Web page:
Coffey also interprets the singular Gini coefficient further to also argue that Irish taxation is highly progressive and those on higher incomes pay more tax than those who are not. But in doing so he makes another glaring omission – Value Added Tax.

VAT is a highly regressive form of taxation as it is a flat rate charge on every household regardless of income. It amounts to close to a 1/3rd (26%) of all tax collected by Revenue. Those on low to middle incomes pay out a much higher percentage of their income on VAT than those on higher incomes yet Coffey fails to incorporate this into his analysis at all. I suppose if you leave out the ‘regressive’ taxes then we are bound to be ‘progressive’.

It is for these reasons that many experienced researchers – such as the authors of the papers cited by Leahy and Coffey – use household survey data with extreme caution and care. I suggest it is much better to do so than to turn misrepresented ‘facts’ into mathematical boulders to fling at those who are concerned at poverty, deprivation and inequality. 

There are ways to tackle inequality in Ireland, which is clearly growing when we look at it through real-world eyes instead of through the truncated goggles of the Gini coefficient and carefully selected quotations from otherwise nuanced and balanced papers, including this one. 

Workers and their Unions, as the OECD points out, are crucial to addressing inequality. Ireland suffers from a scourge of low pay and involuntary part-time work which has a hugely negative effect on hundreds of thousands of households across the state. At the same time the state must invest in health, housing, education, transport and childcare. It must do this through direct intervention, not through its current approach which is to subsidise market price – a process akin to chasing its own tail.  The solutions are well-known; it is the political will that is lacking. Unfortunately there is nothing not ‘factual’ about the unnecessary suffering many face in Ireland this Christmas. In a country of such riches, those riches should not just be for the few. Is there any chance at all we might honestly address that in 2021?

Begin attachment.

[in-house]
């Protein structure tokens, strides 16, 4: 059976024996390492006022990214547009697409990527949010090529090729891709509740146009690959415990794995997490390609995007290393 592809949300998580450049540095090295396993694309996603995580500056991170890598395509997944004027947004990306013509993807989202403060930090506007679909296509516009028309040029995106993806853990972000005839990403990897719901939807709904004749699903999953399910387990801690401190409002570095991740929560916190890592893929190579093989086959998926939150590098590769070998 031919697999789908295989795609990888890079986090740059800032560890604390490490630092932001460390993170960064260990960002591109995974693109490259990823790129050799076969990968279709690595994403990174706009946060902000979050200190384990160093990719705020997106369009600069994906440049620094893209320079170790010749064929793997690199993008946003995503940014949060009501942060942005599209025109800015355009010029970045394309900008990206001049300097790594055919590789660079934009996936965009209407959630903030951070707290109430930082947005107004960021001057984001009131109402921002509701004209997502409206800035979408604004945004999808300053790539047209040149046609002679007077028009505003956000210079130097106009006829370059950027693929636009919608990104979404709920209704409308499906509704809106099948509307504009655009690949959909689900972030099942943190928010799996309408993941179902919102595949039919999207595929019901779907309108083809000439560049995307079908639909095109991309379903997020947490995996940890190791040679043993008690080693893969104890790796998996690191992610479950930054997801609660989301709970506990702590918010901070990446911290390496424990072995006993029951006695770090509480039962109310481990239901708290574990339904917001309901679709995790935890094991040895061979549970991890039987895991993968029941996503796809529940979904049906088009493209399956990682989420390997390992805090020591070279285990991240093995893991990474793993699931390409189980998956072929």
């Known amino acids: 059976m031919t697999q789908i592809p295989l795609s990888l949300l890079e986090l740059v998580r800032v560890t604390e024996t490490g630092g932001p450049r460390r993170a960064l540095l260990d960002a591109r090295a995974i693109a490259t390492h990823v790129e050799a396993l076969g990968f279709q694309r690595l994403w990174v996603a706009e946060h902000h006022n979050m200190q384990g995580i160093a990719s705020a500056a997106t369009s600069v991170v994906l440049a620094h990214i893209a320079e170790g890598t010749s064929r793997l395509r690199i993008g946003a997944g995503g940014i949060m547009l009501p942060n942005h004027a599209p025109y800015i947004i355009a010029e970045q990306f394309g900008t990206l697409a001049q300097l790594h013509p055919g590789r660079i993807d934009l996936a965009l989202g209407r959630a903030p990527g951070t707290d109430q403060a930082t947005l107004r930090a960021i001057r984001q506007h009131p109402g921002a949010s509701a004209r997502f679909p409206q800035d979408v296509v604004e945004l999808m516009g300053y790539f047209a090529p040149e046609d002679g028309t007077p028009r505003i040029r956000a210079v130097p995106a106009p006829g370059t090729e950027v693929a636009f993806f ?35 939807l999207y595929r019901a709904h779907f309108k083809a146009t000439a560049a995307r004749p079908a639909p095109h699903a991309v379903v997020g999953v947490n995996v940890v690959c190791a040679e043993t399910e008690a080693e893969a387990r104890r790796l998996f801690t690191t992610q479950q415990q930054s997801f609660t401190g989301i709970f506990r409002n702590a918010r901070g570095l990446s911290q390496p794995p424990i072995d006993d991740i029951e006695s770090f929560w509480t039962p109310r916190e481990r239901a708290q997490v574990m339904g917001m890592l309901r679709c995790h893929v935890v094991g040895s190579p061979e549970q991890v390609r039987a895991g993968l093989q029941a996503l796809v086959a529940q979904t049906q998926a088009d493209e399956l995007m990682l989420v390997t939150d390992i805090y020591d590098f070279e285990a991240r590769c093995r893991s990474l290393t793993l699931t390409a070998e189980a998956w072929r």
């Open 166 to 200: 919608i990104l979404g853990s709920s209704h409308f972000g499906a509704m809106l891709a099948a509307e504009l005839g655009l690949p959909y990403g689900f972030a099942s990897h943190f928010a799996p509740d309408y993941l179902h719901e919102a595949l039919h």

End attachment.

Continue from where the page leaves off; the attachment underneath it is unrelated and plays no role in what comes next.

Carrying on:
Brendan Ogle

Senior Officer – Republic of Ireland 

The submission for publication was followed by this exchange of emails

From: Ogle, Brendan 
Sent: 21 December 2020 14:36
Subject: Fwd: URGENT: Attention John McManus [Irish Times Opinion Editor] 

– Response Piece in Irish Times : 15th December 2020

Dear John,

Please find attached a response to an article published in the Irish Times on 5th December 2020. I sent this to Mark Hennessy on 15th December and Mark has advised that he passed it on to you.

For the reasons explained in the piece I believe that the 5 December article is seriously and grossly misleading and should be responded to. It has already lead to a false narrative being provided to the Oireachtas, as is set out in the response piece.  

Given the time that has elapsed could you please advise me whether you are prepared to publish this article?

Kind Regards

Brendan Ogle 

Begin forwarded message:

From: “Ogle, Brendan” <>
Date: 15 December 2020 at 17:47:08 GMT
Subject: Response Piece in Irish Times : 15th December 2020

Hi Mark,

Please find attached an article in response to Pat Leahy’s article of 5.12.20 as I alluded to yesterday. I think it is vital that the record, and the necessary conversation, is corrected in this regard as the Irish Times piece is already being cited on the Oireachtas record.